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Soludo vs Emefiele: Pot calling kettle black

Professor Chukwumah Soludo, former Governor of the Central Bank, CBN, was in his elements a few weeks ago, when he declared that the current CBN Governor, Godwin Emefiele, turned the bank into an ATM machine for the Jonathan administration. The imports of that statement are numerous; but, two would have struck most readers who are no knowledgeable about the role of the central bank in any nation.

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Finally, FG addresses fiscal policy

Godwin Emefiele, the Governor of Central Bank of Nigeria, CBN, is one official who has my total sympathy. He is the victim of economic circumstances absolutely beyond his control, yet, he is looked upon to provide solutions to problems well outside the mandate of the CBN. Unjustifiably, he had become the target of attack from all sides – manufacturers, importers, exporters, BDCs, domiciliary account holders, banks, oil companies,

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Taraba enters age of aviation, tourism with Overland Airways

It is like a marriage made in Heaven which invariably produces great results. When Governor of Taraba State told me in November last year that his state capital, Jalingo, will in about three weeks, enjoy direct flight from Lagos, through Abuja, it sounded like one of those political promises “made to be broken” (apologies to Jonathan Swift, 1667-1745). Given the short period he had been in office, in one of the poorest states in the nation, and being distracted by his political adversaries, it would appear that sealing a deal with an airline to start operating a flight to Jalingo would be almost impossible.

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Expected lower aggregate consumption in 2016

When Morita wrote the article from which that statement was lifted in 1992, I was a Senior Lecturer/Consultant at the Nigerian Institute of Management, NIM, and an avid reader of the Harvard Business Review. That explains why the VBQ is filled with insights from the HBR. But, in 1992, Japan was the second largest economy in the world and the second biggest manufacturer; the USA was first in both. China was nowhere in sight and the VBQ was still fifteen years away from being published. But, I had started on it.

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Consequences of states reducing budgets for 2016

The most obstinate illusions are ultimately broken by facts.” Trevor Roper, in THE LAST DAYS OF HITLER. (VAGUARD BOOK OF QUOTATIONS, VBQ, p100). Roper, in one of the best books on the last days of the German leader wrote about how Hitler, deceived by his field commanders set about deploying imaginary troops in order to halt the advance of the Allied Forces into his country. It was comical and historical. It demonstrates how political leaders can turn to clowns when faced with realities which are too harsh to admit.

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Banking blues in 2016

When oil companies fail to pay, bankers are in a fix. But, not just bankers; we are all in a fix. Shareholders of Nigerian banks, already waving off a bad 2015, will again have to endure two economic woes – low or no dividends and plummeting share prices. Currently, only two banks shares are above N15 per share: ECOBANK and GTB. None of the others is above N6 per share.

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Why most states are on the verge of bankruptcy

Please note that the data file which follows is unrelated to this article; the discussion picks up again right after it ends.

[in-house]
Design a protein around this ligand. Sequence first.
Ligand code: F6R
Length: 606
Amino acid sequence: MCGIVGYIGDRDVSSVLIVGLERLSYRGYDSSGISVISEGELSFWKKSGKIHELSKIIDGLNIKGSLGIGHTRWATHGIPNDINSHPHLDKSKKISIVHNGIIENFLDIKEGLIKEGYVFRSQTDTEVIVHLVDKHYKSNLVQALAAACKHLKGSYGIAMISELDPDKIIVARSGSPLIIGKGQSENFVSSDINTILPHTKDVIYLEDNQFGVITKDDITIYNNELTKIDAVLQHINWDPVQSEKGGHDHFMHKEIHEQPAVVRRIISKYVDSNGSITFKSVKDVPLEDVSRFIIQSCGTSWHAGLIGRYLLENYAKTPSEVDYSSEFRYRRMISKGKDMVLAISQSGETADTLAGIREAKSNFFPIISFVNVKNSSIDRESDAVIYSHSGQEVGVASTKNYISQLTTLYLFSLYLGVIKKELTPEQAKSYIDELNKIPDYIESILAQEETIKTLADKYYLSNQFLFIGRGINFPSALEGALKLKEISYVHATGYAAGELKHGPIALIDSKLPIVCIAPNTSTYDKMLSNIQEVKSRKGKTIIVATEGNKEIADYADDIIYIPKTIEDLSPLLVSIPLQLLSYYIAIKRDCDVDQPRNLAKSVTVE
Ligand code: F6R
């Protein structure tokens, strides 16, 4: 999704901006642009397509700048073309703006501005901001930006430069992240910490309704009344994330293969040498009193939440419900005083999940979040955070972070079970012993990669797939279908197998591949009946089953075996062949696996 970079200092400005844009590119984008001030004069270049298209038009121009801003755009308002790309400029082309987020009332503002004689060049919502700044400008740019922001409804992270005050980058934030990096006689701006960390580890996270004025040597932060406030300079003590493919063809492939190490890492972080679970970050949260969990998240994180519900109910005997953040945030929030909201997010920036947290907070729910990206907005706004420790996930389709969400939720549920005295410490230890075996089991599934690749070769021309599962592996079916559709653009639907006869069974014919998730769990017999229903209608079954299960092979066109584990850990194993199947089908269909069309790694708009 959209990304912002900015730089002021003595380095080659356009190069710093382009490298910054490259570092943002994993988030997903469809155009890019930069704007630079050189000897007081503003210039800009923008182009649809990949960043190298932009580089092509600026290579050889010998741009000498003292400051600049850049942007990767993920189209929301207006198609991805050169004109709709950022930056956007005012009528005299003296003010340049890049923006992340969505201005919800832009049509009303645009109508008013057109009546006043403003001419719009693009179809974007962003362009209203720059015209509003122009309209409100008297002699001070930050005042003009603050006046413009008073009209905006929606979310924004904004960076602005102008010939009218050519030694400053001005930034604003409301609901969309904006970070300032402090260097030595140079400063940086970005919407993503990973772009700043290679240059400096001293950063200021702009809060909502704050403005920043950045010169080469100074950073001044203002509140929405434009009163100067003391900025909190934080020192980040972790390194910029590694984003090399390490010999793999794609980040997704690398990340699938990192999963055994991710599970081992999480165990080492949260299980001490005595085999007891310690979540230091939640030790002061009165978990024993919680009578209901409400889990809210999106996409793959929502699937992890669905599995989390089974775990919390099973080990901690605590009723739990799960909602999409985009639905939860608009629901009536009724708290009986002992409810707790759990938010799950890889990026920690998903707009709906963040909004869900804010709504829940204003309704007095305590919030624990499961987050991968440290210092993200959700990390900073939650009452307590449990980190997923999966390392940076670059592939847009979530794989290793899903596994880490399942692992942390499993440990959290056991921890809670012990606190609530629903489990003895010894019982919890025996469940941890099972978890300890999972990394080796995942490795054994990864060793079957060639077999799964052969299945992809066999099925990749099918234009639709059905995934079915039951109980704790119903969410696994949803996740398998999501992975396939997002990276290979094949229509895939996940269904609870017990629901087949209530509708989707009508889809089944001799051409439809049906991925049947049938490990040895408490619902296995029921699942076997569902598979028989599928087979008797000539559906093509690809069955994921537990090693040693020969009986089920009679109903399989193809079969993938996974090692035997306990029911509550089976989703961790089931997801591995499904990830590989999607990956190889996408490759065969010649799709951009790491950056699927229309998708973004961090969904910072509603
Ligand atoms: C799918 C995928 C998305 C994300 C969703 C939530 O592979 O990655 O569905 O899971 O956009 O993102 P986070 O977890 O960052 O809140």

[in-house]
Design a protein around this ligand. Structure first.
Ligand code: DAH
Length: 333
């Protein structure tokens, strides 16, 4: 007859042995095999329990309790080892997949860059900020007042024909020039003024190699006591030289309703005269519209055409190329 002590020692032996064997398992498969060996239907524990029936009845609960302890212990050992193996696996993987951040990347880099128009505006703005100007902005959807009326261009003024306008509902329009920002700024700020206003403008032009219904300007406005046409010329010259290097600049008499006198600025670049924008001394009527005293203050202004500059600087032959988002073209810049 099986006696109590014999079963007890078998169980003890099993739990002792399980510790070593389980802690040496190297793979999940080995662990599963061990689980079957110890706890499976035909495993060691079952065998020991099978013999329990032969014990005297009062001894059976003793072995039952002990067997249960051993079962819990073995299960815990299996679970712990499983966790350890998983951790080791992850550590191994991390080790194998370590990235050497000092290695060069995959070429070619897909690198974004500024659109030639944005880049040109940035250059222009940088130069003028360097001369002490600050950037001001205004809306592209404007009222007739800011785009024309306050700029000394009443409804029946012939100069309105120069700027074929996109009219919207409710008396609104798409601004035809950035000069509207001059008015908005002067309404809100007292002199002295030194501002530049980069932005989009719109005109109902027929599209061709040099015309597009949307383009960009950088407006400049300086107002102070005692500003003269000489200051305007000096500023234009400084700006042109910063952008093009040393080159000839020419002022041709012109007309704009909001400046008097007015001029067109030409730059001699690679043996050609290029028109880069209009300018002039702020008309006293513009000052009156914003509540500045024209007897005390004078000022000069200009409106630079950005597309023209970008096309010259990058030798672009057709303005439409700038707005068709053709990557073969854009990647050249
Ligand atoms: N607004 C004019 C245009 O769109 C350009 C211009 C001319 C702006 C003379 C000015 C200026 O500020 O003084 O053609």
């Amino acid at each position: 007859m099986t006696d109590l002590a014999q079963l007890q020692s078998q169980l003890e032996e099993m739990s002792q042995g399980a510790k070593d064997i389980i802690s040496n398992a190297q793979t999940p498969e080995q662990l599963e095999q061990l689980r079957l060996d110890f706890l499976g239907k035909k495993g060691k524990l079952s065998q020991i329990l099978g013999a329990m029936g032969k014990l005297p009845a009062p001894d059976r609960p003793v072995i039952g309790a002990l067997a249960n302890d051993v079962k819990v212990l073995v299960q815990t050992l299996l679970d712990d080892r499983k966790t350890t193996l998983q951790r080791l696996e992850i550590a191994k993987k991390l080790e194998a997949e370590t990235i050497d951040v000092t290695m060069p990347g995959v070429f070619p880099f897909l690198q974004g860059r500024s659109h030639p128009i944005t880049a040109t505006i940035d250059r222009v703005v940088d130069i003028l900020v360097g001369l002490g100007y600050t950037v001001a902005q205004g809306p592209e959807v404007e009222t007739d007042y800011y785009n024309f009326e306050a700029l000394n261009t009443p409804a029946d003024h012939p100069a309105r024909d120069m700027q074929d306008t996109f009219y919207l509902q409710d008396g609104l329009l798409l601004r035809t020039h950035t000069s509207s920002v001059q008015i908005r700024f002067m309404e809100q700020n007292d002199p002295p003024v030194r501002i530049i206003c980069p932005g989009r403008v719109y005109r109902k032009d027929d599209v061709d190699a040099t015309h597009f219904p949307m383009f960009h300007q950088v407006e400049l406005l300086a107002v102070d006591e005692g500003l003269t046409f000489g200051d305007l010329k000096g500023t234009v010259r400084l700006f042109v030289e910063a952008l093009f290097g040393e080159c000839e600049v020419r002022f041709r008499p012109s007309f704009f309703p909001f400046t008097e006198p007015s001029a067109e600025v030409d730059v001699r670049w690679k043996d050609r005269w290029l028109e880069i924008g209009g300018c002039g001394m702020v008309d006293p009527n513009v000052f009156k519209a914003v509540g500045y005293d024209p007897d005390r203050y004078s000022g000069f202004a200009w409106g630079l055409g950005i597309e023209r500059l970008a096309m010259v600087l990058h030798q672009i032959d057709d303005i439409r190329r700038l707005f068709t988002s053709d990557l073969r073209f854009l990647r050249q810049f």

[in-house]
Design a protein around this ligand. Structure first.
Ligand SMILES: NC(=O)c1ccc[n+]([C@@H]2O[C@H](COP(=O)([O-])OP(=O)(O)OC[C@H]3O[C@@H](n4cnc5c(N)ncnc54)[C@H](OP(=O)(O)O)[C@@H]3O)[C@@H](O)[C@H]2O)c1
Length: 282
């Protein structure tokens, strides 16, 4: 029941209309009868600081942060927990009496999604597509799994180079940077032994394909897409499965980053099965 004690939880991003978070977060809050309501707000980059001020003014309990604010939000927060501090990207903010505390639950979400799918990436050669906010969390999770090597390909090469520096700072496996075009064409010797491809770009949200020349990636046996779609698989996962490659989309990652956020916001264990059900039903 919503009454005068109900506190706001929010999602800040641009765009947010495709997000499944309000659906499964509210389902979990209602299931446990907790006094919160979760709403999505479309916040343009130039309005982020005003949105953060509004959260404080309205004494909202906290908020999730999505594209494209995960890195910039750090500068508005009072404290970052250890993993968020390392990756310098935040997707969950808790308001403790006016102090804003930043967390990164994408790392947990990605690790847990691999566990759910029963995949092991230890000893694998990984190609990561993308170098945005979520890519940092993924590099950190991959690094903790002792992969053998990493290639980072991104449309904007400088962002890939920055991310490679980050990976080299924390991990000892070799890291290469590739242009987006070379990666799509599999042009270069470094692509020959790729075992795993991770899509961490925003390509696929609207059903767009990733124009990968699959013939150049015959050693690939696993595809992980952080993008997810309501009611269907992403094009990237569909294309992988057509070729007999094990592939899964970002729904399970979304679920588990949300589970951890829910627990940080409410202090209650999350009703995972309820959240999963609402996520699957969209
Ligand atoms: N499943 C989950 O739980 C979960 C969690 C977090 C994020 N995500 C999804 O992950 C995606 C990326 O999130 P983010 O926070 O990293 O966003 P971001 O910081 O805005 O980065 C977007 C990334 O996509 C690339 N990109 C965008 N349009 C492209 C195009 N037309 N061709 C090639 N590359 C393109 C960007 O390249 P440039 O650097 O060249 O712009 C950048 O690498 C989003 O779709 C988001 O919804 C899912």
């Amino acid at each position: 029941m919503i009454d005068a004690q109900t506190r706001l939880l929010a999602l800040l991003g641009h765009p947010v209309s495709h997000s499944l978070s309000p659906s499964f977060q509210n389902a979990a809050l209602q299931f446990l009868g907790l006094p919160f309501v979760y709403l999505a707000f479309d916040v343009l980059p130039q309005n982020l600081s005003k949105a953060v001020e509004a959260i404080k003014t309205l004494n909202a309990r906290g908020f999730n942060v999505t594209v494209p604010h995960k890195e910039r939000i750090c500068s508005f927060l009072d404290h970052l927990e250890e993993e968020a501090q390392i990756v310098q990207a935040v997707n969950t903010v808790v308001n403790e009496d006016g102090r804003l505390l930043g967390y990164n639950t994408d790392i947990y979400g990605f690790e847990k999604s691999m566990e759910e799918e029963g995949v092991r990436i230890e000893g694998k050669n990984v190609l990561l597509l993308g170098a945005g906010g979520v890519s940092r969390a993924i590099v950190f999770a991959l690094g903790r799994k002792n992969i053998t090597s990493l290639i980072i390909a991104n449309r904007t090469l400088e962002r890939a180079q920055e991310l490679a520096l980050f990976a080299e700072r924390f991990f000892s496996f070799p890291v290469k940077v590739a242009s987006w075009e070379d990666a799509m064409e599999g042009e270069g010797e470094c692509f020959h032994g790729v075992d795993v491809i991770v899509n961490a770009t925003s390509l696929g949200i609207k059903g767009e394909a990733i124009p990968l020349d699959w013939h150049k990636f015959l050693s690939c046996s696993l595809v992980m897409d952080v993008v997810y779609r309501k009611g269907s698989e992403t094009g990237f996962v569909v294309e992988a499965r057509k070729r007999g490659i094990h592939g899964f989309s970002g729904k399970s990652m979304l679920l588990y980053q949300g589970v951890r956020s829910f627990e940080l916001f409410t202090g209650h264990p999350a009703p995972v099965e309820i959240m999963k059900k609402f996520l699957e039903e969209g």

In July 2014, the Federal Government allocated N630.32bn to all the three tiers of government – Federal, States and Local Governments. In August 2014, N601.65bn was allocated to the states. For September 2015 the figures just released indicate that a total of N389.936 was shared by all the tiers of government; representing drops of 35% and 38% from the August and July 2014 allocations. Yet, N601bn in August represented a sharp decline from the previous months in 2014. At the moment governments are sharing less than half of what was available in January 2014.

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Minimum wage and the inevitable bankruptcy of state governments

Another economic war is about to start in Nigeria. The war will be about Minimum Wage, MW. The states want to renegotiate it, meaning reduce it. Labor also wants to renegotiate it, meaning increase it. Renegotiation seems to be the only point of agreement; it is also the battle ground. On the face of it, one would assume that this is only “a matter of cash”. But, it is more than that. The very existence of states and local governments is threatened by this conflict.

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Can Nigeria states go bankrupt? (2)

Governor Aregbesola, went on to disclose to the people of the state, and Nigeria, that “Osun State received only N55m from the Federation Account for the month of September 2015.” For a state which had declared a monthly wage bill totaling N2.4 billion, this is not only frightening, it naturally leads to the question: from where will the state raise the funds to fulfill its obligations to its workers and others?

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Can Nigerian states go bankrupt? (1)

It is unthinkable that wisdom should ever be popular”, Johann Goethe, 1749- 1832, (VANGUARD BOOK OF QUOTATIONS, VBQ, p 275.) “The Chairman Fiscal Responsibility Commission, Chief Victor Murako, has warned of a possible shutdown by some states of the federation in the next six months unless they find creative ways of handling their dwindling allocations from the federation account.” PUNCH, November 24, 2015. You bet they can; and at least two are technically bankrupt now.

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